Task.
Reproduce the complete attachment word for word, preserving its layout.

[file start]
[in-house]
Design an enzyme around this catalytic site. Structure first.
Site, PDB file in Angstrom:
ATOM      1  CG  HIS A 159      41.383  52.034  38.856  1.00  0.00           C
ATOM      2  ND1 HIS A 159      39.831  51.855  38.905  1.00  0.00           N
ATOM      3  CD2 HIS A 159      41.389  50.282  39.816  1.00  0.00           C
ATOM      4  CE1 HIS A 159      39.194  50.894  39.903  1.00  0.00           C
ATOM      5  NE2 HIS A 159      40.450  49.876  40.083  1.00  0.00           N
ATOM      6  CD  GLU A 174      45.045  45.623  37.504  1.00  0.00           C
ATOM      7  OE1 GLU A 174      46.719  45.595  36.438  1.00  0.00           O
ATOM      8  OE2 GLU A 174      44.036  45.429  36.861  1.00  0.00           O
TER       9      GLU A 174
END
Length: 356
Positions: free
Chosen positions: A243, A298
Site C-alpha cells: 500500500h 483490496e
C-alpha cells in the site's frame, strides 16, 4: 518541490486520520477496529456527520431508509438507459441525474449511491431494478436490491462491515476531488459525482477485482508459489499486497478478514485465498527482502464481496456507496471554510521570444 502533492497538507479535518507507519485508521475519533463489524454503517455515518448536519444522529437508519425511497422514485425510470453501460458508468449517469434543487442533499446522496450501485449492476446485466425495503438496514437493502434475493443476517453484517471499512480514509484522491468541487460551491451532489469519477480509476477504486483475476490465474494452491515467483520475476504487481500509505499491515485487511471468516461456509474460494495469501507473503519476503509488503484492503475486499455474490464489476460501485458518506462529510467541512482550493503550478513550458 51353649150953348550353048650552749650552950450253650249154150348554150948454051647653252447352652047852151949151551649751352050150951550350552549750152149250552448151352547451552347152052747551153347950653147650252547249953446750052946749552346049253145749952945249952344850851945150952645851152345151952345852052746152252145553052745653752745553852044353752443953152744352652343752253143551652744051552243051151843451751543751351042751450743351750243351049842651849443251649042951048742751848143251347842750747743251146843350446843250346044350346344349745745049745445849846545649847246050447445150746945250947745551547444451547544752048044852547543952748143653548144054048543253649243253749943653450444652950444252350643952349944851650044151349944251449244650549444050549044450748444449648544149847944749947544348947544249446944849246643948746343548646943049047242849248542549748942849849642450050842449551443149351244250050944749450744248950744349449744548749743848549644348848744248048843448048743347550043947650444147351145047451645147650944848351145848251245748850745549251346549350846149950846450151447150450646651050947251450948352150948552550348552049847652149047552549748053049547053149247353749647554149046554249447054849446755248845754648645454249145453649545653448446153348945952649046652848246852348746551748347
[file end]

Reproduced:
[in-house]
Design an enzyme around this catalytic site. Structure first.
Site, PDB file in Angstrom:
ATOM      1  CG  HIS A 159      41.383  52.034  38.856  1.00  0.00           C
ATOM      2  ND1 HIS A 159      39.831  51.855  38.905  1.00  0.00           N
ATOM      3  CD2 HIS A 159      41.389  50.282  39.816  1.00  0.00           C
ATOM      4  CE1 HIS A 159      39.194  50.894  39.903  1.00  0.00           C
ATOM      5  NE2 HIS A 159      40.450  49.876  40.083  1.00  0.00           N
ATOM      6  CD  GLU A 174      45.045  45.623  37.504  1.00  0.00           C
ATOM      7  OE1 GLU A 174      46.719  45.595  36.438  1.00  0.00           O
ATOM      8  OE2 GLU A 174      44.036  45.429  36.861  1.00  0.00           O
TER       9      GLU A 174
END
Length: 356
Positions: free
Chosen positions: A243, A298
Site C-alpha cells: 500500500h 483490496e
C-alpha cells in the site's frame, strides 16, 4: 518541490486520520477496529456527520431508509438507459441525474449511491431494478436490491462491515476531488459525482477485482508459489499486497478478514485465498527482502464481496456507496471554510521570444 502533492497538507479535518507507519485508521475519533463489524454503517455515518448536519444522529437508519425511497422514485425510470453501460458508468449517469434543487442533499446522496450501485449492476446485466425495503438496514437493502434475493443476517453484517471499512480514509484522491468541487460551491451532489469519477480509476477504486483475476490465474494452491515467483520475476504487481500509505499491515485487511471468516461456509474460494495469501507473503519476503509488503484492503475486499455474490464489476460501485458518506462529510467541512482550493503550478513550458 51353649150953348550353048650552749650552950450253650249154150348554150948454051647653252447352652047852151949151551649751352050150951550350552549750152149250552448151352547451552347152052747551153347950653147650252547249953446750052946749552346049253145749952945249952344850851945150952645851152345151952345852052746152252145553052745653752745553852044353752443953152744352652343752253143551652744051552243051151843451751543751351042751450743351750243351049842651849443251649042951048742751848143251347842750747743251146843350446843250346044350346344349745745049745445849846545649847246050447445150746945250947745551547444451547544752048044852547543952748143653548144054048543253649243253749943653450444652950444252350643952349944851650044151349944251449244650549444050549044450748444449648544149847944749947544348947544249446944849246643948746343548646943049047242849248542549748942849849642450050842449551443149351244250050944749450744248950744349449744548749743848549644348848744248048843448048743347550043947650444147351145047451645147650944848351145848251245748850745549251346549350846149950846450151447150450646651050947251450948352150948552550348552049847652149047552549748053049547053149247353749647554149046554249447054849446755248845754648645454249145453649545653448446153348945952649046652848246852348746551748347